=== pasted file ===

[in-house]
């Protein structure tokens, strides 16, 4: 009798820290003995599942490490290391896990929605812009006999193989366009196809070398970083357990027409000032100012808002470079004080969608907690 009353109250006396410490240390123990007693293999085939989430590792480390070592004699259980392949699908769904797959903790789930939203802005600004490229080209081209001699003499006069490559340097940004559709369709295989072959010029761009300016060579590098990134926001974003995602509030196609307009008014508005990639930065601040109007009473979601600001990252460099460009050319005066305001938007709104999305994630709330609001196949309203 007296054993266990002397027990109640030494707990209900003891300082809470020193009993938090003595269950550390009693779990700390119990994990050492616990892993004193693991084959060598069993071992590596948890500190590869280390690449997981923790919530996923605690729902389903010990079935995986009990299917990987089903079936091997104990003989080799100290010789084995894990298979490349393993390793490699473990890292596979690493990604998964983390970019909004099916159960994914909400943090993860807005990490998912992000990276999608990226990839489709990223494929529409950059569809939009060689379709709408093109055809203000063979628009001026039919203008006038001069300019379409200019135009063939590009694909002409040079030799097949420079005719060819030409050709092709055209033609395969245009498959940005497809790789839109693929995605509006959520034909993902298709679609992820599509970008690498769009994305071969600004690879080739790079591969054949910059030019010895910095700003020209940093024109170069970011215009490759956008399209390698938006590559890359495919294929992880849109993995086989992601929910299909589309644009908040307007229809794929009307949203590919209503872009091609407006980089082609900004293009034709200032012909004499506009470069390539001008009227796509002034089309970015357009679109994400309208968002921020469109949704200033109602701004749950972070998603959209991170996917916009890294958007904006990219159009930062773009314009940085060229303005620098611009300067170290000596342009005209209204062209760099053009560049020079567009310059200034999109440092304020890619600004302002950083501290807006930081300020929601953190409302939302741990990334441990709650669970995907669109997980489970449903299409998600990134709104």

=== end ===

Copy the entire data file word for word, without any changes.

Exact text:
[in-house]
């Protein structure tokens, strides 16, 4: 009798820290003995599942490490290391896990929605812009006999193989366009196809070398970083357990027409000032100012808002470079004080969608907690 009353109250006396410490240390123990007693293999085939989430590792480390070592004699259980392949699908769904797959903790789930939203802005600004490229080209081209001699003499006069490559340097940004559709369709295989072959010029761009300016060579590098990134926001974003995602509030196609307009008014508005990639930065601040109007009473979601600001990252460099460009050319005066305001938007709104999305994630709330609001196949309203 007296054993266990002397027990109640030494707990209900003891300082809470020193009993938090003595269950550390009693779990700390119990994990050492616990892993004193693991084959060598069993071992590596948890500190590869280390690449997981923790919530996923605690729902389903010990079935995986009990299917990987089903079936091997104990003989080799100290010789084995894990298979490349393993390793490699473990890292596979690493990604998964983390970019909004099916159960994914909400943090993860807005990490998912992000990276999608990226990839489709990223494929529409950059569809939009060689379709709408093109055809203000063979628009001026039919203008006038001069300019379409200019135009063939590009694909002409040079030799097949420079005719060819030409050709092709055209033609395969245009498959940005497809790789839109693929995605509006959520034909993902298709679609992820599509970008690498769009994305071969600004690879080739790079591969054949910059030019010895910095700003020209940093024109170069970011215009490759956008399209390698938006590559890359495919294929992880849109993995086989992601929910299909589309644009908040307007229809794929009307949203590919209503872009091609407006980089082609900004293009034709200032012909004499506009470069390539001008009227796509002034089309970015357009679109994400309208968002921020469109949704200033109602701004749950972070998603959209991170996917916009890294958007904006990219159009930062773009314009940085060229303005620098611009300067170290000596342009005209209204062209760099053009560049020079567009310059200034999109440092304020890619600004302002950083501290807006930081300020929601953190409302939302741990990334441990709650669970995907669109997980489970449903299409998600990134709104």